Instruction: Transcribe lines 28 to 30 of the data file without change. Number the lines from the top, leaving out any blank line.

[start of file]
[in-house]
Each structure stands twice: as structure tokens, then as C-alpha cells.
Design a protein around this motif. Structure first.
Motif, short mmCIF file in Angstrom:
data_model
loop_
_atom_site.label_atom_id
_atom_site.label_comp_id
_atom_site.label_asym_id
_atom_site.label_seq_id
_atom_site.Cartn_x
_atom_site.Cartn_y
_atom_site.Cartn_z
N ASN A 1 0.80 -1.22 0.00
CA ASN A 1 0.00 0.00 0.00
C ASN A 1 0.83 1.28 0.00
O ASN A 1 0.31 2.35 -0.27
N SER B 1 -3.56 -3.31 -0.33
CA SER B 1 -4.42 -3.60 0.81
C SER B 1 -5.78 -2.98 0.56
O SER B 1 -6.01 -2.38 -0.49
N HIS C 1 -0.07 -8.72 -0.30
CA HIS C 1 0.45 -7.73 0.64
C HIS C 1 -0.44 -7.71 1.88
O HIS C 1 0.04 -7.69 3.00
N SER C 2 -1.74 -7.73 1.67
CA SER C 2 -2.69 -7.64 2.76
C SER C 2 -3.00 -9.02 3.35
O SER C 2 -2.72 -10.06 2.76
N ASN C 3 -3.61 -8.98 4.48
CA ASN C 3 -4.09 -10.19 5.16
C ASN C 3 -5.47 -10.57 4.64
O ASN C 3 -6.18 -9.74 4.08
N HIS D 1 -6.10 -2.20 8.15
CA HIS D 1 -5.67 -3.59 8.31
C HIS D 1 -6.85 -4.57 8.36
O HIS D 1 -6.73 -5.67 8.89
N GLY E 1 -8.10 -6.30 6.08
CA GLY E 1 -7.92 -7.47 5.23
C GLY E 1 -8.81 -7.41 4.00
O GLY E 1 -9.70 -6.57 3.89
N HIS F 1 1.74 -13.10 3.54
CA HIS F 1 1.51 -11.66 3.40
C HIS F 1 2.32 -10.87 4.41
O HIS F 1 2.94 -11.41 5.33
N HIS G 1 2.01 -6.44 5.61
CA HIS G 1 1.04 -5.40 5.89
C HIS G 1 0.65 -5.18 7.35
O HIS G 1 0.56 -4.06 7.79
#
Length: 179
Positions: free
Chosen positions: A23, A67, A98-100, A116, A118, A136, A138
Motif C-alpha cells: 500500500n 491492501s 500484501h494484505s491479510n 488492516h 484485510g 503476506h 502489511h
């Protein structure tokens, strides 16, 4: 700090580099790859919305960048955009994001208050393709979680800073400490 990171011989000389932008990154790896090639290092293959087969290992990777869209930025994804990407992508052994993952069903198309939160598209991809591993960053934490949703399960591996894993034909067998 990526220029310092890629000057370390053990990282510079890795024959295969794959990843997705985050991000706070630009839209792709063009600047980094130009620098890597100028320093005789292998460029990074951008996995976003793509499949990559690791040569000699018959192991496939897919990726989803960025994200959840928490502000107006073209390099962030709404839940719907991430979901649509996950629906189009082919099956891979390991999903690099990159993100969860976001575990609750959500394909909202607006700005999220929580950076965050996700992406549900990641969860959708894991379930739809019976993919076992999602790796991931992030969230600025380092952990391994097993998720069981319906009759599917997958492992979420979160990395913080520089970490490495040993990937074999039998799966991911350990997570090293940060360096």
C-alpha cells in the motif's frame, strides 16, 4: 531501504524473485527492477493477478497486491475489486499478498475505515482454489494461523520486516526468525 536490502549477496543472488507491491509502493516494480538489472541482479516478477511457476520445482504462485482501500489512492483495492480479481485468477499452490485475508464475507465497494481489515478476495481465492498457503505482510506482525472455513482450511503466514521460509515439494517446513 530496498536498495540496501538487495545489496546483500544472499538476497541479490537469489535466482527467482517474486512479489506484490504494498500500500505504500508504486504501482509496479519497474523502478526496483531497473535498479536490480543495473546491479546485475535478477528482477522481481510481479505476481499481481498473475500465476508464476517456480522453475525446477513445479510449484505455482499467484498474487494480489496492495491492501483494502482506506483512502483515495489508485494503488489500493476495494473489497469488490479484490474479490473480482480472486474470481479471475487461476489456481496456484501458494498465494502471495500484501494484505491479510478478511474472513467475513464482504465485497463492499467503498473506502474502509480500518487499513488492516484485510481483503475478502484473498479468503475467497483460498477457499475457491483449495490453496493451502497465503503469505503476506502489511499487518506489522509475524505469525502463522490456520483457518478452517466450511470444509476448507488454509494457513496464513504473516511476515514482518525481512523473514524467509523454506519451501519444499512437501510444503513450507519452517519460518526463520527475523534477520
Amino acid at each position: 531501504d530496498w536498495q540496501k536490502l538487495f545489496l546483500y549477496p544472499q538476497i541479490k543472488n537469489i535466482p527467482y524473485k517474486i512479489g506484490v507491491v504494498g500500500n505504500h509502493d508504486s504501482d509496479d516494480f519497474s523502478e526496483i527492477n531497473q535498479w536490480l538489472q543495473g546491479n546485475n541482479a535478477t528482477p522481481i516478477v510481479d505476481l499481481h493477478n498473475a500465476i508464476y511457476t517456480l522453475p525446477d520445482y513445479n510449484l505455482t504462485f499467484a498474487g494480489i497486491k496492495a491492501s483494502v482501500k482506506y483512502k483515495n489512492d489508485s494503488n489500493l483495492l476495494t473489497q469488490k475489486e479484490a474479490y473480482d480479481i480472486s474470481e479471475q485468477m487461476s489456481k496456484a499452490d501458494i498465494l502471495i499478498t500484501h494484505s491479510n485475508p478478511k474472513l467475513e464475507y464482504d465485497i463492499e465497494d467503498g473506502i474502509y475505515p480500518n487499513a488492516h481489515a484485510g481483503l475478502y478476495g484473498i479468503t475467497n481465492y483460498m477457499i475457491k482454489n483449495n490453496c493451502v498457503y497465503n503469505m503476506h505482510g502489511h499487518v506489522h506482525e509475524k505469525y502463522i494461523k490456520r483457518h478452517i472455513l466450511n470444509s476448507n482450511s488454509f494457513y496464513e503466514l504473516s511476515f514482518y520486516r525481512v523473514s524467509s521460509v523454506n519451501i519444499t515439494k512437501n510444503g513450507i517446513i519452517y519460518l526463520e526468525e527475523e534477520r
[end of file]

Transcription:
C SER C 2 -3.00 -9.02 3.35
O SER C 2 -2.72 -10.06 2.76
N ASN C 3 -3.61 -8.98 4.48